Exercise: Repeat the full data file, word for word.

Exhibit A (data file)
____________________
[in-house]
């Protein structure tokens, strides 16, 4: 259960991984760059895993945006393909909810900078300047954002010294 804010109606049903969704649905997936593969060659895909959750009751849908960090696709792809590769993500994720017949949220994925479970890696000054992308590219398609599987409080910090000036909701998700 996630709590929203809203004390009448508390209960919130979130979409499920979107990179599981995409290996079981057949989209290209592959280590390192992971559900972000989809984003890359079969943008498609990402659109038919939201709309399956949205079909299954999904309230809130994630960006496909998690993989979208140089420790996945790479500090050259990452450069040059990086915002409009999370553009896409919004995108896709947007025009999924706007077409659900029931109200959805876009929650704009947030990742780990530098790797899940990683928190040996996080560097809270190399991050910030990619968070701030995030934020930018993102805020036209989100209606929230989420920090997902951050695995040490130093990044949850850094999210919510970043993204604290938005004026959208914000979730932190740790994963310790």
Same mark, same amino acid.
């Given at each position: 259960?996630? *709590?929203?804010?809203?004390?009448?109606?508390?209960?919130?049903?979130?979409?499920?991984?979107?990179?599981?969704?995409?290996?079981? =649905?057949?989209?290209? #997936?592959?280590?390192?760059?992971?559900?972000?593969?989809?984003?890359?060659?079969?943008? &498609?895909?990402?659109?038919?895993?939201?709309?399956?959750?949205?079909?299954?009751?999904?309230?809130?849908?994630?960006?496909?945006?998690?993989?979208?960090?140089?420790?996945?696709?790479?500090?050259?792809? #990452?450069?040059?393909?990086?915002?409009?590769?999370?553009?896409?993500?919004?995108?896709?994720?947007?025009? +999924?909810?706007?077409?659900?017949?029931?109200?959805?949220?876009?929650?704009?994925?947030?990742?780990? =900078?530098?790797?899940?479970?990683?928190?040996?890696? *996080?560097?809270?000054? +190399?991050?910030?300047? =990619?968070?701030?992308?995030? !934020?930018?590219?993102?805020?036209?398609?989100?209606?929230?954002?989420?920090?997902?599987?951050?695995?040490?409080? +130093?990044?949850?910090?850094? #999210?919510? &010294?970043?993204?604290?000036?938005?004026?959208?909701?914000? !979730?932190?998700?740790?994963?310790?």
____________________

[in-house]
């Protein structure tokens, strides 16, 4: 259960991984760059895993945006393909909810900078300047954002010294 804010109606049903969704649905997936593969060659895909959750009751849908960090696709792809590769993500994720017949949220994925479970890696000054992308590219398609599987409080910090000036909701998700 996630709590929203809203004390009448508390209960919130979130979409499920979107990179599981995409290996079981057949989209290209592959280590390192992971559900972000989809984003890359079969943008498609990402659109038919939201709309399956949205079909299954999904309230809130994630960006496909998690993989979208140089420790996945790479500090050259990452450069040059990086915002409009999370553009896409919004995108896709947007025009999924706007077409659900029931109200959805876009929650704009947030990742780990530098790797899940990683928190040996996080560097809270190399991050910030990619968070701030995030934020930018993102805020036209989100209606929230989420920090997902951050695995040490130093990044949850850094999210919510970043993204604290938005004026959208914000979730932190740790994963310790």
Same mark, same amino acid.
């Given at each position: 259960?996630? *709590?929203?804010?809203?004390?009448?109606?508390?209960?919130?049903?979130?979409?499920?991984?979107?990179?599981?969704?995409?290996?079981? =649905?057949?989209?290209? #997936?592959?280590?390192?760059?992971?559900?972000?593969?989809?984003?890359?060659?079969?943008? &498609?895909?990402?659109?038919?895993?939201?709309?399956?959750?949205?079909?299954?009751?999904?309230?809130?849908?994630?960006?496909?945006?998690?993989?979208?960090?140089?420790?996945?696709?790479?500090?050259?792809? #990452?450069?040059?393909?990086?915002?409009?590769?999370?553009?896409?993500?919004?995108?896709?994720?947007?025009? +999924?909810?706007?077409?659900?017949?029931?109200?959805?949220?876009?929650?704009?994925?947030?990742?780990? =900078?530098?790797?899940?479970?990683?928190?040996?890696? *996080?560097?809270?000054? +190399?991050?910030?300047? =990619?968070?701030?992308?995030? !934020?930018?590219?993102?805020?036209?398609?989100?209606?929230?954002?989420?920090?997902?599987?951050?695995?040490?409080? +130093?990044?949850?910090?850094? #999210?919510? &010294?970043?993204?604290?000036?938005?004026?959208?909701?914000? !979730?932190?998700?740790?994963?310790?």